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An informed yet devastating decision
A potential foster dog showed aggression toward my veterinary team members, so this 2019 dvm360/VHMA Practice Manager of the Year finalist had to help the team see this was the best path forward.
'A staff member informed me that he had shown aggression toward a technician and cornered, lunged and snapped at one of our doctors earlier that evening ... ' (Dimid/stock.adobe.com)Our veterinary clinic has a program to find animals new homes. One dog, a stray named Baxter, stayed at our practice for a couple weeks while he recovered from minor injuries after being hit by a car. He seemed like a nice, normal dog, and we found him a foster home.
You're reading a story from a dvm360/VHMA Practice Manager of the Year finalist
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An emergency situation
Baxter quickly returned to our practice. The foster informed us that Baxter didn't get along with her other dog. We concluded he shouldn't be in a home with other dogs.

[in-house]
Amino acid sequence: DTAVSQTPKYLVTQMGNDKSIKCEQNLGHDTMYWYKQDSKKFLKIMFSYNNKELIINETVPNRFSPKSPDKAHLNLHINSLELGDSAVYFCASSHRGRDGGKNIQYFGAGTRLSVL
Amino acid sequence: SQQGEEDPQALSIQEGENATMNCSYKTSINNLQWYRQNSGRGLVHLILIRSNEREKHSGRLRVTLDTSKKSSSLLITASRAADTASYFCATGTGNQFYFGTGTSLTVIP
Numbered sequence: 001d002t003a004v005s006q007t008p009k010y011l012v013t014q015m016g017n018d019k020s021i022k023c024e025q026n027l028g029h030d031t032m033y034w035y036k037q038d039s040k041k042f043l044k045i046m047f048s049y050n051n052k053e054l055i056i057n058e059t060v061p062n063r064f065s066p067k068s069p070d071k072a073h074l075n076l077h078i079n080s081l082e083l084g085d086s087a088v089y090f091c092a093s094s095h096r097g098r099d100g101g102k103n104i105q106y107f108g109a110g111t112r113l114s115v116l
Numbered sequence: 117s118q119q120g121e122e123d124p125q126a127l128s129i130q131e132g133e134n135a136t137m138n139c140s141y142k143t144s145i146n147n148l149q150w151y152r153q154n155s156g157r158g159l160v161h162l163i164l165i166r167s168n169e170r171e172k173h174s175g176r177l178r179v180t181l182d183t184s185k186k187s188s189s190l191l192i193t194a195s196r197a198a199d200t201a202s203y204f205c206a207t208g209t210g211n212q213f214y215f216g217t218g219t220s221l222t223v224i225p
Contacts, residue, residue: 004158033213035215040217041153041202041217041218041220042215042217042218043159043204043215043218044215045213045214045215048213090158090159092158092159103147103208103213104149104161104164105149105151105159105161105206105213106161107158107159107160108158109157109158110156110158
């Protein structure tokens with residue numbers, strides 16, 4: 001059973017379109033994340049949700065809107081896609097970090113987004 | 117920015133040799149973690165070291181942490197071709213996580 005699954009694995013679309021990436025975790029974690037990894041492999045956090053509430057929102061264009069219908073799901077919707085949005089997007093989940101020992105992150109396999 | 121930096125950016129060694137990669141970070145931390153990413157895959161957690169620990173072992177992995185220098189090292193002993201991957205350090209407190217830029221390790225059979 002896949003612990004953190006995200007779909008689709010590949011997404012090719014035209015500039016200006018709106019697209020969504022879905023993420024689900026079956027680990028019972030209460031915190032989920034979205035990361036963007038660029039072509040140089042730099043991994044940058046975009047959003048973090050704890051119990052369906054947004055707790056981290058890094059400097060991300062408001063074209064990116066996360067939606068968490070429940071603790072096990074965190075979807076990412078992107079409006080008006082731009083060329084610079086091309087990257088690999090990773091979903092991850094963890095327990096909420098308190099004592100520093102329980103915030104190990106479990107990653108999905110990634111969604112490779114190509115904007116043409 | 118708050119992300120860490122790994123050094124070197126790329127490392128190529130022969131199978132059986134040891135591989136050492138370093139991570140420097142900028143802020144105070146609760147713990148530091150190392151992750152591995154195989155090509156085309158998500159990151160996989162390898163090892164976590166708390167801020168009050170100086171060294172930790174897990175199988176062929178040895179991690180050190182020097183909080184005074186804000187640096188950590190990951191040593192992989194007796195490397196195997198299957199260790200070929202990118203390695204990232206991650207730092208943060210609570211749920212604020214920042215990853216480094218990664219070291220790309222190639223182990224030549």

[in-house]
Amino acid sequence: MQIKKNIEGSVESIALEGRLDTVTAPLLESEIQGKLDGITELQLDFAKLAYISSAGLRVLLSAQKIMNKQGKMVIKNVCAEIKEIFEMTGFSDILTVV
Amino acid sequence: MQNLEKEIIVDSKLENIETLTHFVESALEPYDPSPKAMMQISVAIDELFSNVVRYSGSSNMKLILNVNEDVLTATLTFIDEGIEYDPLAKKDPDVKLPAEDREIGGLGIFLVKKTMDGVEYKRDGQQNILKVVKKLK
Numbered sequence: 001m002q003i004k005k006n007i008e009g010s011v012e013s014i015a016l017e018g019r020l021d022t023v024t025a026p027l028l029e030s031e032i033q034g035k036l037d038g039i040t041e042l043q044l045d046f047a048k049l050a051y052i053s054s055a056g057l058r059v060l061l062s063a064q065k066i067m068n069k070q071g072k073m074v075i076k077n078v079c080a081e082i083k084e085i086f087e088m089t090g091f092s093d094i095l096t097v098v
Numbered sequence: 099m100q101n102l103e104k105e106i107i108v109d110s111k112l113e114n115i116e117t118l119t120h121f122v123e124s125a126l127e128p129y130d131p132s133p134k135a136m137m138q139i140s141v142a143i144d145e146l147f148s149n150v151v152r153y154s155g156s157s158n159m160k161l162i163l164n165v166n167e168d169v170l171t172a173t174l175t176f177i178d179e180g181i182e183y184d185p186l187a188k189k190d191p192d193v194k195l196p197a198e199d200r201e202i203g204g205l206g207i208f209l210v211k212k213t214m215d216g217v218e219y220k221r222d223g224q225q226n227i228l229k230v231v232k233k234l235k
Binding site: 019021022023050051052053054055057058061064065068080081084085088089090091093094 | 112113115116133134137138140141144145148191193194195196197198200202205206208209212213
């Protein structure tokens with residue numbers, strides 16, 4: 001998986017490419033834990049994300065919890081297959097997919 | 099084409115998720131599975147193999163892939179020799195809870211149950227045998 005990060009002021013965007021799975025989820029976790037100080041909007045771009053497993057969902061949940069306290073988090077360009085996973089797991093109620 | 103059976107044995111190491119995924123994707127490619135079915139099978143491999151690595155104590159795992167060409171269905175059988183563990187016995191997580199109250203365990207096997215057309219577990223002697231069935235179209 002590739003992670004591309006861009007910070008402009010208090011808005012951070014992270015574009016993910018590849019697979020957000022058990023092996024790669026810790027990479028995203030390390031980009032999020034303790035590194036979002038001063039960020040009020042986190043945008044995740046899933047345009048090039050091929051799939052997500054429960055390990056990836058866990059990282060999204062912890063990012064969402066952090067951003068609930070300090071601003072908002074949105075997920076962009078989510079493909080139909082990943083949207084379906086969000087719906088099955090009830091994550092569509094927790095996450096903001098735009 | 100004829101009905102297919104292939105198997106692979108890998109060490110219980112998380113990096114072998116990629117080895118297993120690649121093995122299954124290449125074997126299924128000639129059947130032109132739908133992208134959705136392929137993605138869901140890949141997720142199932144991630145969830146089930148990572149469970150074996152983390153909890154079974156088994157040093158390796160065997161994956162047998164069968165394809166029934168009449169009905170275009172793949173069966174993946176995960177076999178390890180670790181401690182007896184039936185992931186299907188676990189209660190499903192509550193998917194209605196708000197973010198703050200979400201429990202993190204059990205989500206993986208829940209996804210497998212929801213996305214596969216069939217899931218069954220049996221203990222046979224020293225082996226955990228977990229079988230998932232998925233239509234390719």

One evening, a few days after he'd returned to the clinic, I received some urgent calls and texts from my team members. Someone at the clinic told our office manager that they needed to euthanize Baxter due to aggression issues. A staff member informed me that he had shown aggression toward a technician and cornered, lunged and snapped at one of our doctors earlier that evening. My staff members were asking me to stop this euthanasia before it moved forward.
Finding out the facts
I called the doctor who had made the decision to euthanize and asked her all the necessary questions. The doctor had witnessed Baxter's aggression toward the other doctor and toward our technician. She felt it was not in our best interest to rehome a dog showing such extreme aggression. I respected her opinion and expertise.
I called both of our clinic owners and discussed the situation with them. They agreed that Baxter should be euthanized.
The final decision
I then called the clinic to let them know they should proceed. I replied to everyone who had called and texted to let them know why we had made this informed yet devastating decision. The next day, I followed up with those who had concerns, filling in details and encouraging them to talk to our doctors and clinic owners if they felt they needed further assurance that the right decision was made.
Kelli Geswein is practice manager at Cheat Lake Animal Hospital in Morgantown, West Virginia, and a finalist in the 2019 dvm360/VHMA Practice Manager of the Year contest.